Smart phones make inroads in business
Converged devices on the rise
Businesses around Europe are increasingly adopting mobile devices and seeing them as central to their IT strategy.
That's according to the latest survey from research firm IDC, which indicates that mobile device penetration in companies in Western Europe will increase significantly during 2005.
While the research firm points out that run-of-the-mill mobile phones are still the top mobile devices used by businesses in Europe, converged devices such as smart phones have shown significant growth in the year so far.
"The economies of experience, familiarity, and confidence consolidated in the deployment and integration of standalone handhelds with company IT infrastructure, combined with declining handheld ASPs, ensured the PDA remains the most widely adopted device. However, increasing visibility and confidence in the application capability and security protocols of converged devices will continue to drive smart phone penetration in 2005/2006," said Geoff Blaber, IDC research analyst, European Mobile Devices.
Encouraged by a growing range of both hardware and software for smartphones as well as improvements in security, compatibility and cost, the smartphone is suddenly a much more attractive prospect for IT managers, IDC says.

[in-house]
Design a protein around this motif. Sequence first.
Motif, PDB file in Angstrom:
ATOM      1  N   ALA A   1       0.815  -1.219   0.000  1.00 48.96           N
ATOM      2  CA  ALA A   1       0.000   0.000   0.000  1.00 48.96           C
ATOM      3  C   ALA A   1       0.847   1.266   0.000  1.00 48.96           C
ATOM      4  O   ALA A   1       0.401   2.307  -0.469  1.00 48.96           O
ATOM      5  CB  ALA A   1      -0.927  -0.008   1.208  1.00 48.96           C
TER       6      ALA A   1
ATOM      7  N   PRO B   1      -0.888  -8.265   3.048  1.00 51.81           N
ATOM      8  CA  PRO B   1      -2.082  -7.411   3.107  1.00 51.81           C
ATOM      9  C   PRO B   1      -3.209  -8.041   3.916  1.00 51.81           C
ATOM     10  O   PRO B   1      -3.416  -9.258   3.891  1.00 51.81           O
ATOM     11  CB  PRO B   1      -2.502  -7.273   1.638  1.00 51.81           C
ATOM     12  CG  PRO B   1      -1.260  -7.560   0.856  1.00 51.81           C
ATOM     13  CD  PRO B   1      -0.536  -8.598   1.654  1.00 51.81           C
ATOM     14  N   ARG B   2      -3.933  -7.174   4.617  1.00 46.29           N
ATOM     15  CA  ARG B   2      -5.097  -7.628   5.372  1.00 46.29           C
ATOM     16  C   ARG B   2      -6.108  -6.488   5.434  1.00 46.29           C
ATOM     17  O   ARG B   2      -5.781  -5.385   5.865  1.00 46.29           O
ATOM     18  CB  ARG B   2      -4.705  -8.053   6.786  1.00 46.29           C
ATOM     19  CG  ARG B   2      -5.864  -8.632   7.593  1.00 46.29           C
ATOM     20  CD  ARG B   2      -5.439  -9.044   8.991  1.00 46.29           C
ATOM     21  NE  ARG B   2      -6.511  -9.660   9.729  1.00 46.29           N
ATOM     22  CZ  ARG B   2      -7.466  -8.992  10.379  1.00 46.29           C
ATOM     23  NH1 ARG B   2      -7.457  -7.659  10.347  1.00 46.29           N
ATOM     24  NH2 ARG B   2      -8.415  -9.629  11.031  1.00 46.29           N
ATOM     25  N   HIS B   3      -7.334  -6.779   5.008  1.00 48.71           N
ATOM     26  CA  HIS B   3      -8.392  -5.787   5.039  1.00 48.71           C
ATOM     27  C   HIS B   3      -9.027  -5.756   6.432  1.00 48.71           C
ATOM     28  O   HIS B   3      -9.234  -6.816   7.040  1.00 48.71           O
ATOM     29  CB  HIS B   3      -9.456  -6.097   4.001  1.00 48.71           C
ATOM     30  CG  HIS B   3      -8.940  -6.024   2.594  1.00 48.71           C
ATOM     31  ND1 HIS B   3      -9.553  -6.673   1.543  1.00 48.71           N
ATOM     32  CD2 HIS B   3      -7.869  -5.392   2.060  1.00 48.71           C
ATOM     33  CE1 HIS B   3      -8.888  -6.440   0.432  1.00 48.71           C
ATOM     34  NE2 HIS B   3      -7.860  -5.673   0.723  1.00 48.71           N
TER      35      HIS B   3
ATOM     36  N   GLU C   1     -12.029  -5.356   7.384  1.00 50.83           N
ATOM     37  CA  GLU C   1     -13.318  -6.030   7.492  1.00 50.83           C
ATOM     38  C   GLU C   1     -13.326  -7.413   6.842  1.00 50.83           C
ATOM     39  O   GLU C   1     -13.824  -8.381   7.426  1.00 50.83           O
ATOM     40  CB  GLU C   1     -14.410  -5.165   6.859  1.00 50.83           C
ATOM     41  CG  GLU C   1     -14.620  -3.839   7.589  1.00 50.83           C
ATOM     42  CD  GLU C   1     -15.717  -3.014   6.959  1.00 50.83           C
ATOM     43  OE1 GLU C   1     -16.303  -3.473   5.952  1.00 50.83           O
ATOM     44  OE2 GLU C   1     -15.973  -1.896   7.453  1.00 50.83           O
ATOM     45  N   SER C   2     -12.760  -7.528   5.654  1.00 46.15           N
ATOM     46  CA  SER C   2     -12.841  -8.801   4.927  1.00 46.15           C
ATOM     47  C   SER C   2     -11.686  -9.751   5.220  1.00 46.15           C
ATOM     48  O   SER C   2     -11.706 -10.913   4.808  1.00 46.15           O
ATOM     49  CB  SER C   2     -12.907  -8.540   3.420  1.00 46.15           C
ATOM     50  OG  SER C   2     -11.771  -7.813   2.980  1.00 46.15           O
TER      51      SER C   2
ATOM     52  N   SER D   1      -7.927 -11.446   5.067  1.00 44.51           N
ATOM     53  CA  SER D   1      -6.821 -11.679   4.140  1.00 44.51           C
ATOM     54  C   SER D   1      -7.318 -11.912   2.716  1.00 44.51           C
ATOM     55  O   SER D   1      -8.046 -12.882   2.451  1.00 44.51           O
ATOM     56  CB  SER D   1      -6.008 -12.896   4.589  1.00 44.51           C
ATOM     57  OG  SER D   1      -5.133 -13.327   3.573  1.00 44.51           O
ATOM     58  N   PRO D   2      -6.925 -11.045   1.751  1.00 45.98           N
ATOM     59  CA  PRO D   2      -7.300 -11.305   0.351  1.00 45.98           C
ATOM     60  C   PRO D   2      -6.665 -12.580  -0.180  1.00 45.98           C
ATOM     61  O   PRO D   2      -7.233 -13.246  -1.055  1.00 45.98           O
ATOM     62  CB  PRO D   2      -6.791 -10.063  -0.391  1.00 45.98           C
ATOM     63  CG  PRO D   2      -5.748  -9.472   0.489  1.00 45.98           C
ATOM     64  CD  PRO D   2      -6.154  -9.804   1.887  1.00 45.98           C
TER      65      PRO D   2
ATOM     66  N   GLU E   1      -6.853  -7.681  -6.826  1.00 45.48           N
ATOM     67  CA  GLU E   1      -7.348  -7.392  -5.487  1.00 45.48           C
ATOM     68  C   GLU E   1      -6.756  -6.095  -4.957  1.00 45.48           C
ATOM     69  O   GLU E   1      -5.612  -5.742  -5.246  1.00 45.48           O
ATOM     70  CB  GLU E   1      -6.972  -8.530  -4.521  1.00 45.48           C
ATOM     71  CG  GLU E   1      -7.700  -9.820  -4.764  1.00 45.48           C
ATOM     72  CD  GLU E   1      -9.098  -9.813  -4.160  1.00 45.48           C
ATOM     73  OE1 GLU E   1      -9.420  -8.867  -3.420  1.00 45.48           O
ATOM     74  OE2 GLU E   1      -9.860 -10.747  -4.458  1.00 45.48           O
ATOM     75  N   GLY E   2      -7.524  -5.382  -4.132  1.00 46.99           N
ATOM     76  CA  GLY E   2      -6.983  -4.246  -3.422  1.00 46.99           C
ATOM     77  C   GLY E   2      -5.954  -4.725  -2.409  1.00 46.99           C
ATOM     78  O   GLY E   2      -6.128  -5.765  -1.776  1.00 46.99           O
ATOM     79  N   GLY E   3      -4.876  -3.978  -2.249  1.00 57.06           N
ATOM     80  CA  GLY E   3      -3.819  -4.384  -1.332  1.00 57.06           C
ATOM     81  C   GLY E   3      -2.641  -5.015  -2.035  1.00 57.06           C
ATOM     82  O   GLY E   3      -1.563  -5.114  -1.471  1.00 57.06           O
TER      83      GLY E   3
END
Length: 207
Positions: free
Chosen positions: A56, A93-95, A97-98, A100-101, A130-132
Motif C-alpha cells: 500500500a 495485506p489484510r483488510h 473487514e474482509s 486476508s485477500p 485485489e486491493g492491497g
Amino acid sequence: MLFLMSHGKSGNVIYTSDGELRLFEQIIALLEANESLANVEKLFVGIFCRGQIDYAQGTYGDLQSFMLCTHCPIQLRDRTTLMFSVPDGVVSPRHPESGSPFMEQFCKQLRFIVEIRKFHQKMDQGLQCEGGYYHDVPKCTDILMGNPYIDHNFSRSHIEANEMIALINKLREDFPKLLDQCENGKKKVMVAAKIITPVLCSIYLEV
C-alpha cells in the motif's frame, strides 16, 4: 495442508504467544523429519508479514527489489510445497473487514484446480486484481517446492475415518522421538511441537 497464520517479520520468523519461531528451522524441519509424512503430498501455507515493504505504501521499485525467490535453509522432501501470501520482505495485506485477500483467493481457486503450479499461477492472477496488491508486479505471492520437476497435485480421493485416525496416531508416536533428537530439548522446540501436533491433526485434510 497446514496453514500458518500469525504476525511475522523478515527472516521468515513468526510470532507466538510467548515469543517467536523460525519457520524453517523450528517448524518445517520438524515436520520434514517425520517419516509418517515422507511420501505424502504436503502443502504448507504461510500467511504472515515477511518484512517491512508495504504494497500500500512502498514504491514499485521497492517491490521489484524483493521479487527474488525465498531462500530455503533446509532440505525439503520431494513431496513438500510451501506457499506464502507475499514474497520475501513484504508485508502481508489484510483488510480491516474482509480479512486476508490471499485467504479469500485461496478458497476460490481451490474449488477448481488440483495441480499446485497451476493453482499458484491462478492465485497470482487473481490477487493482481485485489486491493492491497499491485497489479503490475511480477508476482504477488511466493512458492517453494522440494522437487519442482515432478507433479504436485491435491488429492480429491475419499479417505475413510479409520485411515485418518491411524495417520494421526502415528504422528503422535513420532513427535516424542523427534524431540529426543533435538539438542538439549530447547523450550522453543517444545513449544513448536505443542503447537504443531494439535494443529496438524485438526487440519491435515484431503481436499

Slowly but surely smartphones are making their presence felt in the mobile phone market. A report from IDC in March 2005 showed that sales of converged devices grew by 40 per cent in Europe during 2004, although the segment still represents just 4 per cent of the total mobile phone market. However, IDC predicted that during 2005 70 per cent more converged devices would be sold in Europe, accounting for 6 per cent of total phone sales.
How businesses use mobile devices is changing too, the report claims. Application usage is maturing beyond just personal information management (PIM) - calendar, contacts and organiser - thanks to advances in device specifications, increased adoption, and the central integration of mobility into an IT strategy, the report added.
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